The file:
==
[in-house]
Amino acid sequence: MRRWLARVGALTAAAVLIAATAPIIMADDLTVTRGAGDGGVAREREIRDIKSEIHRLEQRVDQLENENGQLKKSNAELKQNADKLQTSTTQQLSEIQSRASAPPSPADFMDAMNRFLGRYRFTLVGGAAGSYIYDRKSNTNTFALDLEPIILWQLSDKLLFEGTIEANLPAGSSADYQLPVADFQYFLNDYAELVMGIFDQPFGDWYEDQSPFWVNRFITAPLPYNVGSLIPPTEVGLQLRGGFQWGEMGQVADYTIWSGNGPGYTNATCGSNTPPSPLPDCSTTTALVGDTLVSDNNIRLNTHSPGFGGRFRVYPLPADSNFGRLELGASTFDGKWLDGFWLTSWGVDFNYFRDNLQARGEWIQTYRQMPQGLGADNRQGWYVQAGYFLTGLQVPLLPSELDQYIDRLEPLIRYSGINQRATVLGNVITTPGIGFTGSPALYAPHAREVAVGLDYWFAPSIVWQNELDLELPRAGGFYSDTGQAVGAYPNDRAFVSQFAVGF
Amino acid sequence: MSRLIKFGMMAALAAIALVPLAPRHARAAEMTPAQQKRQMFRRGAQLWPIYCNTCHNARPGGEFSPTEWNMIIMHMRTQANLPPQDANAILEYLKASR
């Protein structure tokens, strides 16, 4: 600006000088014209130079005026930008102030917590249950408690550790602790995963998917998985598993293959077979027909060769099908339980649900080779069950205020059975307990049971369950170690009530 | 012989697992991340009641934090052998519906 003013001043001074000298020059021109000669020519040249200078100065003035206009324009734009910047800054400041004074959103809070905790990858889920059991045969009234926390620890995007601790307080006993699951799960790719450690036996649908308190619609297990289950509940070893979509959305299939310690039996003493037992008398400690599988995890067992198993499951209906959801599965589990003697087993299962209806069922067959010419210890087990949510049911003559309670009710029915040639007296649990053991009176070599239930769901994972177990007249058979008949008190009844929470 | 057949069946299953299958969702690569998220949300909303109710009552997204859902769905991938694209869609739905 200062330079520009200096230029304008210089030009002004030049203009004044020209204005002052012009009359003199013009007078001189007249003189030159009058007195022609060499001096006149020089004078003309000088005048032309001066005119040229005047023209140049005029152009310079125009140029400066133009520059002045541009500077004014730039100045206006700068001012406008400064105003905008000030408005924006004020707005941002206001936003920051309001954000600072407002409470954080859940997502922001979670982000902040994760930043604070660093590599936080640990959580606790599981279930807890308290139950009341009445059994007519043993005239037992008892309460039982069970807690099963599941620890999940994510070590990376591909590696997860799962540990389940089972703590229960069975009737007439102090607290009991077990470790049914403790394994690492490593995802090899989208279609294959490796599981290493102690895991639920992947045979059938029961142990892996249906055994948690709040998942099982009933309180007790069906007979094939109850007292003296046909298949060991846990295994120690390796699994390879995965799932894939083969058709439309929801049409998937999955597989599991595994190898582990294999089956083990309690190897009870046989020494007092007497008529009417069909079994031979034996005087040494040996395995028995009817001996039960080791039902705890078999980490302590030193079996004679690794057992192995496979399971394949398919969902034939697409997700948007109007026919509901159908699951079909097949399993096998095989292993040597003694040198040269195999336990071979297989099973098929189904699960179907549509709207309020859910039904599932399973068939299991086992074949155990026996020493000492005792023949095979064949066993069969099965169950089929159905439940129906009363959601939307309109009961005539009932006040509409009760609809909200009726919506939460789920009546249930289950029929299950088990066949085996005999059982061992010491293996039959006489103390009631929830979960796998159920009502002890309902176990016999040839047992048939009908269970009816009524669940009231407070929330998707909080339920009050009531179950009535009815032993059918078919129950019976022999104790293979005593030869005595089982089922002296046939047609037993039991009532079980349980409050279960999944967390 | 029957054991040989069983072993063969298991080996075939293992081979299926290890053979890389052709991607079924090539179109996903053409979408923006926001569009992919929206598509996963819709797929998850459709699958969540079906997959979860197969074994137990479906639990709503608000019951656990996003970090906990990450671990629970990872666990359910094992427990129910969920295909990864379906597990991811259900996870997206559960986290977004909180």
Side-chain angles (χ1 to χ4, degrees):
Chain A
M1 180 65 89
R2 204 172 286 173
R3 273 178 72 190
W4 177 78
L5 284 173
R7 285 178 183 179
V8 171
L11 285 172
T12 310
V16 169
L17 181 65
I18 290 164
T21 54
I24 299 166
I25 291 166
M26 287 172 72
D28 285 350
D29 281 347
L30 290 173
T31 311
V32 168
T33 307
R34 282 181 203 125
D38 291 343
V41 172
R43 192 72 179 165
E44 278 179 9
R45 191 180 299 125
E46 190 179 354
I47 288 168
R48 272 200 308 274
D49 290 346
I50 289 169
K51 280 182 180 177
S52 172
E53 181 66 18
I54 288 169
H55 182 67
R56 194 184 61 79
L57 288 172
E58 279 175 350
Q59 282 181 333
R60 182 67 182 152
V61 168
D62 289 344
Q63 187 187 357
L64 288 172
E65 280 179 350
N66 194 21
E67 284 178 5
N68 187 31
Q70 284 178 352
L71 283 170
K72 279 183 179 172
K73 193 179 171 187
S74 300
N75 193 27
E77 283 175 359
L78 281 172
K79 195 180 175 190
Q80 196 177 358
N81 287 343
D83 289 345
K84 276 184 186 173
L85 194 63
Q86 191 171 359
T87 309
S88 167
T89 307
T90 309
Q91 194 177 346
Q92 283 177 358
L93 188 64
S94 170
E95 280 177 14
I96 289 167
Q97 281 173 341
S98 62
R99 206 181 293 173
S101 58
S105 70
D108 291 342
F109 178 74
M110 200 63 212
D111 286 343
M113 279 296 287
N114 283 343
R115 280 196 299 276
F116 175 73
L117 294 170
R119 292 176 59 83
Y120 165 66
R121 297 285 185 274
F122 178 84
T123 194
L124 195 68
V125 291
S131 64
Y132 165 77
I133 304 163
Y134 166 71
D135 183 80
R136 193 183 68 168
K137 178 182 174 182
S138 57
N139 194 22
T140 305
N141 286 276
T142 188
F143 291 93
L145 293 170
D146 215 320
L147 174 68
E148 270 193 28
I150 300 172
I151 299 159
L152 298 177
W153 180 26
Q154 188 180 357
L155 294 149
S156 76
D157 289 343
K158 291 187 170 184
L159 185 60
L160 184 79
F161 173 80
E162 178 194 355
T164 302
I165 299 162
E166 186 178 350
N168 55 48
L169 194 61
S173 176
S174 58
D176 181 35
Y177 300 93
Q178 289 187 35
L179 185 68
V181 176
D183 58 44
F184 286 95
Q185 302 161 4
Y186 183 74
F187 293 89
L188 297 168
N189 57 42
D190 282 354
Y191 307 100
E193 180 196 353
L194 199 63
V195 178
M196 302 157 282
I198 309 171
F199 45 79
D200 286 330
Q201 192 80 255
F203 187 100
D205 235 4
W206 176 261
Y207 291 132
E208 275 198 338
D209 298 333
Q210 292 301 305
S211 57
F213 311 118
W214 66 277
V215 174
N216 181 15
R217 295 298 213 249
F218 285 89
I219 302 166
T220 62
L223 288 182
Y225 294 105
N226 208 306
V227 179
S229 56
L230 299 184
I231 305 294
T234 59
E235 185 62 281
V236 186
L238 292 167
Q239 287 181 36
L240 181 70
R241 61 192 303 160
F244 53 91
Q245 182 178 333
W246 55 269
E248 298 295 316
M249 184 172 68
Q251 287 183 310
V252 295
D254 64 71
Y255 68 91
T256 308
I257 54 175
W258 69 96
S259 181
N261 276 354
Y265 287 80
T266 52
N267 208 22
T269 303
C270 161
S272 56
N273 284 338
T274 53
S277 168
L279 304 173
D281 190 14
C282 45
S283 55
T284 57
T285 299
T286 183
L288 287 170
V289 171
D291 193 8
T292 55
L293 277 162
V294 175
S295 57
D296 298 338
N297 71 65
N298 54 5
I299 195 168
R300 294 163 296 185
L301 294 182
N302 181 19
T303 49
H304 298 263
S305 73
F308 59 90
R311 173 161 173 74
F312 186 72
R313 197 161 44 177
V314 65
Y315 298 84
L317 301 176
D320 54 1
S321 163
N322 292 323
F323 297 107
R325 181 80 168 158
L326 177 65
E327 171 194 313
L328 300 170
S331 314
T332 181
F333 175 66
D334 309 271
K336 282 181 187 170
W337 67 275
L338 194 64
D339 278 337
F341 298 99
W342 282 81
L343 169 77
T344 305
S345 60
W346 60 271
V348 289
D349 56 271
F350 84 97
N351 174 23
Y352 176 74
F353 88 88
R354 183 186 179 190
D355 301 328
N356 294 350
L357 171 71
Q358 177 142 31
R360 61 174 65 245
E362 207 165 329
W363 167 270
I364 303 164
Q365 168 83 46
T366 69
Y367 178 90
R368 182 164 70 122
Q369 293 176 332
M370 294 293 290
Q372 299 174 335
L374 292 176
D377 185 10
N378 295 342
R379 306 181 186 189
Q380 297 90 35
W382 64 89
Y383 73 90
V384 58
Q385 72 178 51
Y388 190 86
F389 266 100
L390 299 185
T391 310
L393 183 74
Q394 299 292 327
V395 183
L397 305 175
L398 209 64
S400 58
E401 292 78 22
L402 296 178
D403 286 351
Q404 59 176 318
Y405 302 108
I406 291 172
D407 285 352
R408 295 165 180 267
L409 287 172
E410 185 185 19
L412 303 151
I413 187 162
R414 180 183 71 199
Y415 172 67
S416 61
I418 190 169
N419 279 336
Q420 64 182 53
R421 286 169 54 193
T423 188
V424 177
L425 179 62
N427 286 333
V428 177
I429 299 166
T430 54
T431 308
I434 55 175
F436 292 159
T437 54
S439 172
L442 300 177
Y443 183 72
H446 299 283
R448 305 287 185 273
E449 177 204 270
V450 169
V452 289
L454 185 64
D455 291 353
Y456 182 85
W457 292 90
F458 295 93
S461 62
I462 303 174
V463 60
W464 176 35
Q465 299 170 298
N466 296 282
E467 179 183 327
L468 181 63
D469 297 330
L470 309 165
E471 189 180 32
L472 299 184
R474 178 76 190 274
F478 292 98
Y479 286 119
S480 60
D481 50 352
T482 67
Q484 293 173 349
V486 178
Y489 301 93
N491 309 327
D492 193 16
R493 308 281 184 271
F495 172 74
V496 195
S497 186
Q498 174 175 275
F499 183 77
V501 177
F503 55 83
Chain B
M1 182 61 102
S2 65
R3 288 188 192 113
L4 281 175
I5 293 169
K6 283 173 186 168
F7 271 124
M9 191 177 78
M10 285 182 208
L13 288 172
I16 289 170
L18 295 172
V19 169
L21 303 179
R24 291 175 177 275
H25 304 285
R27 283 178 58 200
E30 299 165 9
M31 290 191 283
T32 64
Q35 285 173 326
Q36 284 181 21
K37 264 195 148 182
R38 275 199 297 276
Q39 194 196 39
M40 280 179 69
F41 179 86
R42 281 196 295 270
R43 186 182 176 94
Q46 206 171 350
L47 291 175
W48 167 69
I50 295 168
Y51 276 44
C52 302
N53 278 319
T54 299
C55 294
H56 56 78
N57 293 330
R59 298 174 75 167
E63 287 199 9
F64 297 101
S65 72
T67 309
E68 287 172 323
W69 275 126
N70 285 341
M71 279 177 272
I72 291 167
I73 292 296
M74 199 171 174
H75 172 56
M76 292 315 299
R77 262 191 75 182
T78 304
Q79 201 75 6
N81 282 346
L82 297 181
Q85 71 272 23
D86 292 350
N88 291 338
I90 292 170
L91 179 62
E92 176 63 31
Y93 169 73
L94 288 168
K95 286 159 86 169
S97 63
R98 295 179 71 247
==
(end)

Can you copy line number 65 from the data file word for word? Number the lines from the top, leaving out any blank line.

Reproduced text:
L78 281 172